Claude Monet - Grainstacks in the Sunlight, Midday 1891

Grainstacks in the Sunlight, Midday 1891
Grainstacks in the Sunlight, Midday
1891 65x100cm oil/canvas
National Gallery of Australia, Canberra

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From National Gallery of Australia, Canberra:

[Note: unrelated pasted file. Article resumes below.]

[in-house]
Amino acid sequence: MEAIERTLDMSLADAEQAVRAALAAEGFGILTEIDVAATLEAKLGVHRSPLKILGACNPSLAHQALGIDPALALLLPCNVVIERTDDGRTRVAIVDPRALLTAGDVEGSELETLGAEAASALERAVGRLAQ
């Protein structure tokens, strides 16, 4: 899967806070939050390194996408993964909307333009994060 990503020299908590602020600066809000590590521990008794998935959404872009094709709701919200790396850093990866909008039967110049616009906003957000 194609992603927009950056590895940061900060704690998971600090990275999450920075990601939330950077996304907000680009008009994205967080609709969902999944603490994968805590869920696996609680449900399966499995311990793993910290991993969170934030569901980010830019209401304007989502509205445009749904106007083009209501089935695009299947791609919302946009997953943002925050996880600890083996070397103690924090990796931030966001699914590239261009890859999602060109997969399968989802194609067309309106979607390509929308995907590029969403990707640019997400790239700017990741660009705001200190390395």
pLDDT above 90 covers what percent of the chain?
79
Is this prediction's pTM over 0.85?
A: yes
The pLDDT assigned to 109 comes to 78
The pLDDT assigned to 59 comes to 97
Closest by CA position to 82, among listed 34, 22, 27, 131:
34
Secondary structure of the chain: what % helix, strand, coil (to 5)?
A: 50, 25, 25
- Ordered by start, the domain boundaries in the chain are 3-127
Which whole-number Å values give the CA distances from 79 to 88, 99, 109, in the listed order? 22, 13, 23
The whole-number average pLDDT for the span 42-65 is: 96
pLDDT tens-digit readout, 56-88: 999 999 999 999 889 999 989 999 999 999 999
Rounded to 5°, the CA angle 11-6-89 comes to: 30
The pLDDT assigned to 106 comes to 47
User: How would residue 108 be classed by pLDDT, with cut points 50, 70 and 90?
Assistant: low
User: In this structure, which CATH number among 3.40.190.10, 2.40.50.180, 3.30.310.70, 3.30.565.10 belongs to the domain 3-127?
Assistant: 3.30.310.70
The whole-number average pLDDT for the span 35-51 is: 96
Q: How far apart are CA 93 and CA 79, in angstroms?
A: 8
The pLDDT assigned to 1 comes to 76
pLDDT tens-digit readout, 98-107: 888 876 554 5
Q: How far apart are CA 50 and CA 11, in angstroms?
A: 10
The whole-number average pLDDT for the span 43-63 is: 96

A painting executed in summer 1890, Haystacks, midday, suggests that prolonged study of the Red Fuji would have helped Monet to think out how to represent ‘the same light spreading everywhere’. He no longer used the rather inert, dark tone to articulate the fields and the haystacks, and has composed a tonally more unified whole from three scales of colour — warm oranges and pinks, yellows, greens and violet-blues. These are so interwoven, however, that the resulting colours are almost indescribable. Densely imbricated, countless small brushstrokes build up areas of colour that are as daringly simple as those in Hokusai’s Red Fuji. The disconcertingly dark shadow at the base of the stacks could have resulted from Monet’s attempt to represent the effects of peripheral vision, while he was trying to see the whole scene in terms of coloured light (it is like an area of shadow that one can sense rather than see at the edge of vision). In a strange way, such shadows also recall Hiroshige’s sharply defined shadows attached to the feet of his figures in Evening view of Saruwaka Street. Like other nineteenth-century artists of ukiyo-e, he was interested in European illusionistic devices such as perspective and shadows, but in his print, as in Monet’s painting, the shadows draw attention to the artificial construction of the work.